The common elements of shipping within Canada or internationally from Canada include:
Note: When shipping Internationally, the majority of packages ship via air (versus ground for domestic shipments). As a result, international packages are often subject to a higher chargeable weight than for the same size domestic shipment.
Supply chain is becoming more of a consumer-facing activity. Jet assists companies in developing core competencies in logistics for better control of the buyers experience.
In addition to the standard information for shipping domestically, international shipments require you to declare your items for import to the destination country (and, for some shipments, Export Canada declaration). This can take different forms, such as a CN22 for postal shipments or an “Invoice for Customs”. When Shipping Internationally, you’ll also need to know:
Note: Jet Worldwide’s logistics team has been providing international transport for over 35 years. Our focus is finding international logistics solutions for companies shipping to and from Canada and North America. It is our mission to connect people, parcels and businesses around the world!
In most cases, a simple description of the item or items you want to ship will do the trick, but you’ll want to get more specific to avoid complications and delays. Additionally, if it is an obscure item that – for example – may be specific to your industry, it can be helpful to describe how the item is not new. Even better, there is a global system to describe your item. The Harmonize System Code. This is a language our friends at customs understand!
The Harmonize System Code is an international reference of the World Customs Organization. It has six-digit codes. All leading economies use it to commonly classify goods.
HS Codes determine duty, admissibility, and if an examination is necessary .
Find the HS Code you’re looking for, so that you can best describe your item. We recommend checking in with your international customer before shipping – as they will be the actual importer of the goods – to confirm the most appropriate HS Code.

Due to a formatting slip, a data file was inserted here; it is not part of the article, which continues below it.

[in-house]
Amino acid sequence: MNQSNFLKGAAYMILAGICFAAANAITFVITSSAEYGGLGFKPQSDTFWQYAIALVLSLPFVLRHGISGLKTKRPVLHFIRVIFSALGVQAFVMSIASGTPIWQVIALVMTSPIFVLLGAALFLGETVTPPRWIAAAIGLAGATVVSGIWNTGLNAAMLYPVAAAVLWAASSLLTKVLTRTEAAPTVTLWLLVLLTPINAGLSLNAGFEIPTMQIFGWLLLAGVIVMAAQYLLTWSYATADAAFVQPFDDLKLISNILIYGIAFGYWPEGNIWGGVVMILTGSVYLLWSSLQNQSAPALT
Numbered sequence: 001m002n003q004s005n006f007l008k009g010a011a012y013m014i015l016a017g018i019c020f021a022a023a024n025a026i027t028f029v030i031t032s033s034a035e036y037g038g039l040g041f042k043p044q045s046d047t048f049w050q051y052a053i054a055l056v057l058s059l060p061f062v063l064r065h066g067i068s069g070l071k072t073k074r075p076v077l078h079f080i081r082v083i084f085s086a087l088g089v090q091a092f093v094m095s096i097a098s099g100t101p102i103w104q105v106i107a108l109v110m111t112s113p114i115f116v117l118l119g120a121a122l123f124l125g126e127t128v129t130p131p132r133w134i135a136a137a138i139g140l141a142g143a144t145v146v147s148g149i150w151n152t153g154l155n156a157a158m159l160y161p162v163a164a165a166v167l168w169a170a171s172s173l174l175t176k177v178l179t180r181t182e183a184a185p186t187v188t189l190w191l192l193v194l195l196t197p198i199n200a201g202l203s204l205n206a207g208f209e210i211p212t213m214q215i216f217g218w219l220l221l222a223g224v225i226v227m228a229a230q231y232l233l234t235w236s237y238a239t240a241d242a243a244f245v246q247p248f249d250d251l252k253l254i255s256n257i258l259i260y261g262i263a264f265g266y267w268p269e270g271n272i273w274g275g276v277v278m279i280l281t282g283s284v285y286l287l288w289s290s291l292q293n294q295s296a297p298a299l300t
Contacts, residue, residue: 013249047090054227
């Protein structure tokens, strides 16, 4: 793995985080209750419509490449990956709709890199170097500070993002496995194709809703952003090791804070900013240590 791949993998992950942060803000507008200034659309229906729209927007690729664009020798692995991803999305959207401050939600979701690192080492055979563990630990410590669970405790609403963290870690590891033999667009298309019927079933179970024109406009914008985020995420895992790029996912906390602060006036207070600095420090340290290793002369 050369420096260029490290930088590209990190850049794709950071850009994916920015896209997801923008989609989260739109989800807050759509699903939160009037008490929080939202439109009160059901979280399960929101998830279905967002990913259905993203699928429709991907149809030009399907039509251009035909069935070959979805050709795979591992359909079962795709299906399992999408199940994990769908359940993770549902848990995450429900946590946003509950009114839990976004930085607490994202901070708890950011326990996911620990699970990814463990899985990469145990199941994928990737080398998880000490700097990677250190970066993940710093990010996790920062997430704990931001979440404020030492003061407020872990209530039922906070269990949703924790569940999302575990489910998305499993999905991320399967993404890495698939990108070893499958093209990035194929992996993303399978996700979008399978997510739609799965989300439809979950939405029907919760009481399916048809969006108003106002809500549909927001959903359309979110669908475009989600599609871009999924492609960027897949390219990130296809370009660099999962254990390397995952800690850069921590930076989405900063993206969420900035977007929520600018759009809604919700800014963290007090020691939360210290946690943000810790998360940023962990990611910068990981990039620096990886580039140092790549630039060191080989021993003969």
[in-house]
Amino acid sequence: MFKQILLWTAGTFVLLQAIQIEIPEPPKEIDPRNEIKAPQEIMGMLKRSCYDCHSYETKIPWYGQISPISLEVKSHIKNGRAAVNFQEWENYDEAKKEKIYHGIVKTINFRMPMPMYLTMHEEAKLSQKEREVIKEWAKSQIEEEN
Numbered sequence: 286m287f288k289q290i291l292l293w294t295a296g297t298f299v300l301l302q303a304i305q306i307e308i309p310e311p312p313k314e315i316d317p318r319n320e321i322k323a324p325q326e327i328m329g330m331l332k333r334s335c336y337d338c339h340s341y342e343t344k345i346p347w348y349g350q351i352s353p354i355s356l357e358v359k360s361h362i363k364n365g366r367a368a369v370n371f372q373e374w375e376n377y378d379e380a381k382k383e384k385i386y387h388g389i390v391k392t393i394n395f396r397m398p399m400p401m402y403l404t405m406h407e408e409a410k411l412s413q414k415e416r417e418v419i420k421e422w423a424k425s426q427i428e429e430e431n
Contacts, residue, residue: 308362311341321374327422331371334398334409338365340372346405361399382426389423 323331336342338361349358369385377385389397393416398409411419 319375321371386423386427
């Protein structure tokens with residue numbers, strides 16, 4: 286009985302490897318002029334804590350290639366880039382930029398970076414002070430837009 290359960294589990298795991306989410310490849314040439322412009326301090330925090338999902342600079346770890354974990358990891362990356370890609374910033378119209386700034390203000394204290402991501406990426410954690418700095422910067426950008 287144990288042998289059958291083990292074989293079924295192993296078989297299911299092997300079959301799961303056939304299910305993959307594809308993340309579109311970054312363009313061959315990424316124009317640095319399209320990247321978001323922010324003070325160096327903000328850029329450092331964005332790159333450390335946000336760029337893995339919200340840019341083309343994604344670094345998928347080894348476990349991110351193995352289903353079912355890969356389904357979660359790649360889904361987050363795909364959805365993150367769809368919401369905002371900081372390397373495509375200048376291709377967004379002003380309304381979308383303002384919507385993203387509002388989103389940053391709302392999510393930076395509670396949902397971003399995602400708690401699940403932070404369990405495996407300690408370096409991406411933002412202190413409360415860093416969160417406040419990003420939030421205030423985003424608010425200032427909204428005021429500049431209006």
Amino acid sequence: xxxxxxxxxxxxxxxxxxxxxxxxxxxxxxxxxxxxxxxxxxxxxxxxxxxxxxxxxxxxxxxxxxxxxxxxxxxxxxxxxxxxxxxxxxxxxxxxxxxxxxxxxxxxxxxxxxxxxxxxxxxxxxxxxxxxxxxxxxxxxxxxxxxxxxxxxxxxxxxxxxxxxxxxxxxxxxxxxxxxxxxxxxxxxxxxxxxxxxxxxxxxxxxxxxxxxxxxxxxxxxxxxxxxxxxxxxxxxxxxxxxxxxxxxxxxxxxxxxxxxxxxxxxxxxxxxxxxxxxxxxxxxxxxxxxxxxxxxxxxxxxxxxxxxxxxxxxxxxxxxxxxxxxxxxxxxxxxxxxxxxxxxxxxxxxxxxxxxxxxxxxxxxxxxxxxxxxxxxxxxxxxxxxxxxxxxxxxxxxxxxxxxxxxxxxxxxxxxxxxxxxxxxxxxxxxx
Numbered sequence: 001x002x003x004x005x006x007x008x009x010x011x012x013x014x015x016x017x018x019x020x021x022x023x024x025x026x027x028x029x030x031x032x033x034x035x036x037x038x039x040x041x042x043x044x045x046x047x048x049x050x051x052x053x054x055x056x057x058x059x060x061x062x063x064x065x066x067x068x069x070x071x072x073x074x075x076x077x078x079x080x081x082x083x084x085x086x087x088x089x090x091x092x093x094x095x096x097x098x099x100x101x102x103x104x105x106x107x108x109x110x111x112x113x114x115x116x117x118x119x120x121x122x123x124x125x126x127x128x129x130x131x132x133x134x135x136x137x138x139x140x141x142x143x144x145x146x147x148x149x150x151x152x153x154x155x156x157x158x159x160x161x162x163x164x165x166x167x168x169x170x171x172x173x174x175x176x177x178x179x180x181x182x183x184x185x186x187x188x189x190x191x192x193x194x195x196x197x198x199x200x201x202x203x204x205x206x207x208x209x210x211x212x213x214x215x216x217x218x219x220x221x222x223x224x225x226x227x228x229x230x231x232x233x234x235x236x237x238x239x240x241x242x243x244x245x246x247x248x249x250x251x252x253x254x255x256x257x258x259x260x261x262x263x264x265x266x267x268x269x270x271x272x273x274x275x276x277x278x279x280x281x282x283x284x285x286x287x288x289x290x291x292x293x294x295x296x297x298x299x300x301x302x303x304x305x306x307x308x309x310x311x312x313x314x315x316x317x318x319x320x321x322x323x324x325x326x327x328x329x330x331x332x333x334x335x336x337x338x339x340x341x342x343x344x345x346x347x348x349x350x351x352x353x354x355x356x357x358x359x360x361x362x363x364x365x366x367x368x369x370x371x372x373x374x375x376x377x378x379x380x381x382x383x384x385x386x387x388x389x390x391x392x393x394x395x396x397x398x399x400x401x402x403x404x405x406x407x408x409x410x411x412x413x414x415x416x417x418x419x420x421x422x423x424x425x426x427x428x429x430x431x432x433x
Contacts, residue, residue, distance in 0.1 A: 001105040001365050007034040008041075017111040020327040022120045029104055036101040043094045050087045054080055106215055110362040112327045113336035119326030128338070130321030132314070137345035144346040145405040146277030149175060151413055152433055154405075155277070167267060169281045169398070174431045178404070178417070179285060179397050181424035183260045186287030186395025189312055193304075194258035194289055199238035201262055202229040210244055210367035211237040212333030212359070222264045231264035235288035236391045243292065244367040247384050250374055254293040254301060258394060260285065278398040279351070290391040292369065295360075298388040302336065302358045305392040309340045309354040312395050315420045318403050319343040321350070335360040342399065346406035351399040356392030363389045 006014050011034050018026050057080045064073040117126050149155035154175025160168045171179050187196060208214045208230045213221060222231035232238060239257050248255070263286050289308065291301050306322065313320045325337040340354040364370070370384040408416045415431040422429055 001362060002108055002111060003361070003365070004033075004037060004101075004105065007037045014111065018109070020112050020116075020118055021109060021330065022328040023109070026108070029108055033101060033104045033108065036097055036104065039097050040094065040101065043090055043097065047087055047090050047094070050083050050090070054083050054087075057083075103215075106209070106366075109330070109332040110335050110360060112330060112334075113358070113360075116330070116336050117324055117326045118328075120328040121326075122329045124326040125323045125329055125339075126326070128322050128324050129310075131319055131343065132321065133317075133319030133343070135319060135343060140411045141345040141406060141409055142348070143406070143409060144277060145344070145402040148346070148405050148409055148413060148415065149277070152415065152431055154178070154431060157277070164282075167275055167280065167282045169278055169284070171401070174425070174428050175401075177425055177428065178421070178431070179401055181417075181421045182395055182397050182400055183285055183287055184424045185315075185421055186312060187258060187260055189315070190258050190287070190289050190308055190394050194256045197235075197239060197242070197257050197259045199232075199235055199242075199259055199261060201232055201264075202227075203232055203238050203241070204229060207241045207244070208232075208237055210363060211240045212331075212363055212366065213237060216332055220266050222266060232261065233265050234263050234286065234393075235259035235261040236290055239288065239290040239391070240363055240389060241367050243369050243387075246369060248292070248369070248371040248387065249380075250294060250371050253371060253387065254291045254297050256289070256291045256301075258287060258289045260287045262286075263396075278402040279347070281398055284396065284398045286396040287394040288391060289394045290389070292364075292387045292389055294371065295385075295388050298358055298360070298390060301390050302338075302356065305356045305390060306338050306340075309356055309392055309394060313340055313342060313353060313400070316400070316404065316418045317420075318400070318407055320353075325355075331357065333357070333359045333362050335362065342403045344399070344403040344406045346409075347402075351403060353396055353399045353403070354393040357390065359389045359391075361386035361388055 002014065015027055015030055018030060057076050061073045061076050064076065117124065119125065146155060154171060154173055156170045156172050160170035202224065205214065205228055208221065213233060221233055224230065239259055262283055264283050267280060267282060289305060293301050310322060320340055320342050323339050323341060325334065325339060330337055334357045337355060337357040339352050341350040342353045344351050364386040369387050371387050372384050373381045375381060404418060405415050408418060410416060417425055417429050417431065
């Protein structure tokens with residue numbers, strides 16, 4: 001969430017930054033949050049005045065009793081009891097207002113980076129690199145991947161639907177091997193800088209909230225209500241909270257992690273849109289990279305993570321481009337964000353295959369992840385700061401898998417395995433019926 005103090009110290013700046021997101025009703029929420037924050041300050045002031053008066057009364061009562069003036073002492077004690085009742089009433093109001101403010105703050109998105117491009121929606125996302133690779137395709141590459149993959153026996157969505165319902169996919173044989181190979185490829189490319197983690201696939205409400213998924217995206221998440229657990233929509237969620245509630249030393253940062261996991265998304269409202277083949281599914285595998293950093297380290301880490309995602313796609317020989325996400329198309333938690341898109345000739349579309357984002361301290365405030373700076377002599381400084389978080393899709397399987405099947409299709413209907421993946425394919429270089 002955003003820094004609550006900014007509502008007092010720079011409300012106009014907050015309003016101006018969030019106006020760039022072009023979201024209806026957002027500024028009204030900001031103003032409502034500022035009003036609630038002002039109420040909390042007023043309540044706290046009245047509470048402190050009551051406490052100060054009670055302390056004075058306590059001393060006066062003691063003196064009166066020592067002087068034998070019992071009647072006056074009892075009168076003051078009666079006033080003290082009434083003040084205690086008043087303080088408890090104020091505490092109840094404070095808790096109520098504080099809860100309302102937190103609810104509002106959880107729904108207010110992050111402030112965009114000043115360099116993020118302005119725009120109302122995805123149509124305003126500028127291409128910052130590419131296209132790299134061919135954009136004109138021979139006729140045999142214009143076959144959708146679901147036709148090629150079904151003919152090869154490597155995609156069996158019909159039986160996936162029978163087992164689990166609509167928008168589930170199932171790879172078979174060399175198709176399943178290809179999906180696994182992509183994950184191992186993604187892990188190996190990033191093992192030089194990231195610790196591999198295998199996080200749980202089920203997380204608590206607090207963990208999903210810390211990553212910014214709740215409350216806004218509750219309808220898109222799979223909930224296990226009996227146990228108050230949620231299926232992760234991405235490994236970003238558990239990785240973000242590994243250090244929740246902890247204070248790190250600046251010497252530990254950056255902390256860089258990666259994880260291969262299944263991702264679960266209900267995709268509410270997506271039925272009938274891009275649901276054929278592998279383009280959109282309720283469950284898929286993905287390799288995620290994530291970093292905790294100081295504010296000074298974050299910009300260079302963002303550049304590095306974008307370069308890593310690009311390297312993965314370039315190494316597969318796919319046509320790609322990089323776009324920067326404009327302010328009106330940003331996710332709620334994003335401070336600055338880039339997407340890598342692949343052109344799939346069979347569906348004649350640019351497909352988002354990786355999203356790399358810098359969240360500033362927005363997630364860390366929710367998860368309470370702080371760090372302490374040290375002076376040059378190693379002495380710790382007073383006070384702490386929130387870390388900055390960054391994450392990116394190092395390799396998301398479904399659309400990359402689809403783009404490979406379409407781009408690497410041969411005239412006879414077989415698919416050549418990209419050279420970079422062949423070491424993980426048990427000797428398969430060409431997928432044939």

When shipping Internationally, one of the first questions you might ask yourself is "What value should I declare?" The declaration of value, along with the HS Code, are the biggest factors in assessing duty and the import process. Over-declareations result in needless costs. Under-declarations could lead to significant delays and fines.
Note: Customs generally requires a unit value for each item being sent.
Transaction Value and Landing Costs
The value of your item(s) is usually the Transaction Value.. Meaning, the actual cost of the item(s). If you sell a product for $200, the Transaction Value is $200. Remember to include the currency code when declaring a value.
With regards to assessing duty and taxes on an item, customs will use the CIF Value. Meaning Cost plus Insurance plus freight charges. It is the sum of the transaction value, plus the cost of Insurance, plus the cost of shipping.
Let’s take our example of the item sold for $1000 Canadian dollars: we know the Transaction Value is $1000. Now, let’s say the cost of Insurance is $30 and the shipping cost is $120. Add those up. And you get a CIF Value of $1150.
Transaction Value: $1000
+ Cost of Insurance: $30
+ Cost of Shipping: $120
= CIF Value (Land Cost): CAD$1150
If the Transaction Value includes the cost of insurance and shipping, you should include that the Transaction Value is the CIF Value.
When you’re shipping by courier or post, the Cost of Shipping is often unknown. In that case, most customs will apply a standard cost per kg rate. Know that this cost could be more or less than the actual Cost of Shipping.
Similarly to the HS Code, before you start your International Shipping, we recommend you consult with the receiver confirming your valuation. Learn more about methods of valuation.
When it comes to samples or gifts, you might think these items have a $0 Transaction Value, because they are “free” or “priceless”, but customs will demand that each item has an actual value. To come up with an appropriate dollar amount, you can start by looking at the transaction value of identical or similar items. If that isn’t possible, or if you’re looking to ship specific high value commodities, there are a few other methods you can consider, but for those, we recommend you get in touch with a specialist.
Canadian businesses who are selling products internationally via online platforms such as Shopify, eBay, need to understand duty and VAT (value add tax) costs as well as their shipping costs. Low value orders may qualify for duty free entry. Value Add Tax (VAT/ GST) often must be prepaid via the online marketplace. The United Kingdom requires prepayment of VAT for online orders importing to the UK. Similarly, online orders to the European Union from Canada require prepayment of value add tax to EU countries.
Say you sell an item originally from a supplier and you want to ship to your customer in Germany. Most of the time, you’d be right to assume that the Country of Origin of the item is Canada. That is, if you don’t know where the product - or its parts - were made. But what if you knew where the product was made? And why does this matter? Depending on the Country of Origin, goods can actually benefit from one of Canada’s duty Free Trade Agreements.
For international customs clearance purposes, the country of origin refers to the country of manufacture. For example, Jet Worldwide helps a company that makes specialty guitars. These Canada-made guitars are shipping for Duty Free clearance to Europe, Australia and the US thanks to Canada’s Free Trade Agreements.